- HMS Campania during the Second World War -
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HMS Campania D48 was built by Harland & Wolff in Belfast, Northern Ireland. When construction started in 1941 she was intended as a refrigerated cargo ship, but was requisitioned by the British Government, completed as an escort carrier with 18 aircraft and a crew compliment of 639. She was launched on the 17th of June 1943, entering service in early 1944.
HMS Campania undertook convoy escort and anti-submarine work in the Atlantic and Arctic. In December 1944 her Swordfish aircraft sank the German submarine U-365.
After the was she was briefly used as an aircraft-transport before being decommissioned and placed in reserve in December 1945. In 1951 she was used as the Festival of Britain's exhibition ship and in 1952 she became the command ship for Operation Hurricane, the test of the first British atomic bomb on the Monte Bello Islands off western Australia. She was scrapped in Blyth in 1955.
If you can provide any additional information, please add it here.
Those known to have sailed in
during the Second World War 1939-1945.
- Dallimore Herbert. Chief ERA
- Galloway Terence. Gnr.
- Macartney William Burns.
- Pinchbeck Eddie.
- Robertson George Louis. Radar Operator
- Williams Dennis Ralph. Sig.
The names on this list have been submitted by relatives, friends, neighbours and others who wish to remember them, if you have any names to add or any recollections or photos of those listed, please Add a Name to this List
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Radar Operator George Louis Robertson HMS ManchesterMy Dad, George Louis Robertson served as Radar Operator on the Manchester during Operation Pedestal, he also served on Tartar and Campania. George died in 1978 but I am researching that time of his life. If anyone served with George or served on the ships at the same time could you contact me. Thank you.George Robertson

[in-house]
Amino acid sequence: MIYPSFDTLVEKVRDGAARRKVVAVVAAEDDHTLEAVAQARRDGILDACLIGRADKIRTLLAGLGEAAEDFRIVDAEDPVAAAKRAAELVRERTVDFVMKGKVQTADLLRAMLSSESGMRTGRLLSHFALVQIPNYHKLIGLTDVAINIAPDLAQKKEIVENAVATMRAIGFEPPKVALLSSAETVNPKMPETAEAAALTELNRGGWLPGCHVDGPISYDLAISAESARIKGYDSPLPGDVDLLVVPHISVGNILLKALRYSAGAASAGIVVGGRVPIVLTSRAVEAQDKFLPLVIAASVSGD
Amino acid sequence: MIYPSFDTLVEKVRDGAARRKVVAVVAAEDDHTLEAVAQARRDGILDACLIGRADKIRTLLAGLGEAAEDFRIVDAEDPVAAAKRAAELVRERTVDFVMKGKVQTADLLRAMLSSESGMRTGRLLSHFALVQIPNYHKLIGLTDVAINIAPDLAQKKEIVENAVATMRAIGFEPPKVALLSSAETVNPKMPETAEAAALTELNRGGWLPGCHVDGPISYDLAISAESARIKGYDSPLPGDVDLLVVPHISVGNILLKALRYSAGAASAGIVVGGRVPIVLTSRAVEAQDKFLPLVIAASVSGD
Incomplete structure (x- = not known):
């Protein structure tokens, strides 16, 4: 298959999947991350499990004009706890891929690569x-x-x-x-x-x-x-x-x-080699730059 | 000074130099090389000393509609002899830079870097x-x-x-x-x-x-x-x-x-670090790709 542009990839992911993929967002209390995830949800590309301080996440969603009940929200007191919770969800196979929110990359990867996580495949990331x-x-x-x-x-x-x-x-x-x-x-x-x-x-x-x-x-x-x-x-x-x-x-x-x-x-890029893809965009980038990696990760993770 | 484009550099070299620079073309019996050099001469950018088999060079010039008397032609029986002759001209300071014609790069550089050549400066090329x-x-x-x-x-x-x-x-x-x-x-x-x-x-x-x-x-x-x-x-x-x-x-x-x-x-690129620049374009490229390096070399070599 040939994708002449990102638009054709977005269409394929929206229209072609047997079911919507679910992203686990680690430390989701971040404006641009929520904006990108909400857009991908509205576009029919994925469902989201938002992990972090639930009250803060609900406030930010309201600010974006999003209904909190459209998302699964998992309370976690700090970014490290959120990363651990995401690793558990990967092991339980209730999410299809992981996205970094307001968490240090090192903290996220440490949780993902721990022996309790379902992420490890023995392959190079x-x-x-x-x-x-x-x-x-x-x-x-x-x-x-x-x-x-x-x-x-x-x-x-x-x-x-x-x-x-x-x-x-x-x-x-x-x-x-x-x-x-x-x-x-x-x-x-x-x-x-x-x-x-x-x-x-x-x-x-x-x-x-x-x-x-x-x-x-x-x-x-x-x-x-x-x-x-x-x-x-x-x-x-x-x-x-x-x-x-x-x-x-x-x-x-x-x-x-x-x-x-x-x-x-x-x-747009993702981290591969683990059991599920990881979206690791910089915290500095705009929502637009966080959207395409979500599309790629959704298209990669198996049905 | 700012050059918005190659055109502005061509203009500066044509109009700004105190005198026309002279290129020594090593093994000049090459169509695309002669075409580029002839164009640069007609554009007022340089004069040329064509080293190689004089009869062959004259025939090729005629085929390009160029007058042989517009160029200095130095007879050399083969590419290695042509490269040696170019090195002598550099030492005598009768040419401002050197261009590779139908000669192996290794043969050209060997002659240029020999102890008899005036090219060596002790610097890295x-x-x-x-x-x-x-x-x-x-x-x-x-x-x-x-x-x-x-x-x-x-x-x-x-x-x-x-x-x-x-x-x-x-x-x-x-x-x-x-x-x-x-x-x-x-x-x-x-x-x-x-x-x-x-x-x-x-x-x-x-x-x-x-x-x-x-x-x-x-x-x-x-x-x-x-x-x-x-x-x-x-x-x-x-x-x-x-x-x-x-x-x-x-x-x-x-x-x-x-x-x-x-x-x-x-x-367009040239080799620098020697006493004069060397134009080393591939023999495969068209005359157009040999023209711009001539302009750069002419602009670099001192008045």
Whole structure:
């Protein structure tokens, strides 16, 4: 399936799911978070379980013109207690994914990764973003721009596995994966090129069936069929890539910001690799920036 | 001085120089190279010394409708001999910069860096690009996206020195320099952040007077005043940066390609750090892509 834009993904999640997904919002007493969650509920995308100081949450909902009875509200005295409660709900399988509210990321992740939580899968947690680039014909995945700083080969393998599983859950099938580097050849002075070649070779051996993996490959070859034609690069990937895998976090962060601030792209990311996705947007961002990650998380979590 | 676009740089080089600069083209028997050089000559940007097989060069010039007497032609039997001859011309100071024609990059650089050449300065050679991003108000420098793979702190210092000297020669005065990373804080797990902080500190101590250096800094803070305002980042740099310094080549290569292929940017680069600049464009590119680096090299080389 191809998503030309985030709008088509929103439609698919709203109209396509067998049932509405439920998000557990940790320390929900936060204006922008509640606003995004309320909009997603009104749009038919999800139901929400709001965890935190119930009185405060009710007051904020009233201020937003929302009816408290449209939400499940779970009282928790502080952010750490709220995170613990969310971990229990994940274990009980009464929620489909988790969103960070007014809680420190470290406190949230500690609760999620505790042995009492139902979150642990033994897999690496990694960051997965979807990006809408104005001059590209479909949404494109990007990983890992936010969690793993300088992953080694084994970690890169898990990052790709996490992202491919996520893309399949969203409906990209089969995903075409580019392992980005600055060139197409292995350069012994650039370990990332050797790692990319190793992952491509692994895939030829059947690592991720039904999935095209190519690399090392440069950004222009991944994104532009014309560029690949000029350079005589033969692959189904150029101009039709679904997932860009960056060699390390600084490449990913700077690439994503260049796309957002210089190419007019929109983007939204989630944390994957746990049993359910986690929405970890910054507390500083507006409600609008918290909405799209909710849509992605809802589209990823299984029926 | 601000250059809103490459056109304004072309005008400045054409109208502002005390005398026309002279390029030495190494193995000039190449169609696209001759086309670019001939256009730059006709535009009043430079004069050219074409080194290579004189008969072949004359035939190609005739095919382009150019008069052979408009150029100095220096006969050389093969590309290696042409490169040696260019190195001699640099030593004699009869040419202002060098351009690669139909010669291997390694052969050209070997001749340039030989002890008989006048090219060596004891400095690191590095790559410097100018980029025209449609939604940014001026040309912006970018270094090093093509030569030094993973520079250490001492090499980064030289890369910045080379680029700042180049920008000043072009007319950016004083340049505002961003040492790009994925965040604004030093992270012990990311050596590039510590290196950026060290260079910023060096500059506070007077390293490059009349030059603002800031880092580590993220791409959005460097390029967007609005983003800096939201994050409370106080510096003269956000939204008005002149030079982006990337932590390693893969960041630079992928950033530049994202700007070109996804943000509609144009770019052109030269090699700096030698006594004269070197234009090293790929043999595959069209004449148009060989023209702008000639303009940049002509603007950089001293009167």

Chief ERA Herbert Dallimore HMS CampaniaHerbert Dallimore was my maternal grandfather. He joined during WW1, served on submarines through most of the twenties and early thirties and was serving the last of his enrollment on the Shanghai patrol. War was declared while he was on the demob ship back from China. He was reluctant to say much about the Artic convoys except that a lot of good friends died.Gerry Osborne
William Burns Macartney HMS CampaniaMy Father, Willie Macartney was a fireman (engine room) on board the aircraft carrier HMS CamPania D48. He used to tell me stories about a Pendulum that would swing near it's limits, apparently measured ship's tilt in rough weather, think it was in the ship's mess room? He chatted about planes that would leave and not return and the extreme weather on convoy duty where they would chip ice to prevent build up. I was only a lad when we talked, we used to have documentation, but this was lost due to many house moves in later years.John Macartney
Gnr. Terence Galloway HMS CampaniaMy father Terrance Galloway served on HMS Campania as a gunner I guess during 1944/45. Getting any information out of him was difficult to impossible, he just would not talk about this time. But in his 70's he opened up just the once and described the Arctic convoys. The cold was the worst thing. As I said he was a rear gunner, and after his four hour shift he needed to be lifted out of his seat, as his clothes had frozen solid around him. It would then take the rest of the night to warm up. The other anecdote was watching a torpedo coming straight at the ship, frozen solid he couldn't move, thirty yards out the torpedo sank, they were just out of range! And that is it, my only knowledge of his war exploits.Malcolm Galloway
Eddie "Polo" Pinchbeck HMS CampaniaMy grandad served on HMS Campania on the Russian Convoys.Trev Rose
Sig. Dennis Ralph Williams HMS CampaniaDennis Ralph Williams was my father. He was a signalman aboard the aircraft carrier HMS Campania during the Second World War, for much of the time escorting the Russian convoys to and from Murmansk.
He didn't talk much about his life on board except to say how they all looked forward to their ration of rum. He did talk a little about his job as signalman flashing an Aldis lamp and reading Morse code or using flags. My dad would never consider flying after the war because he had witnessed too many planes that simply did not return or returned and ended up in the sea (the drink, as he referred to it).Andrew Williams
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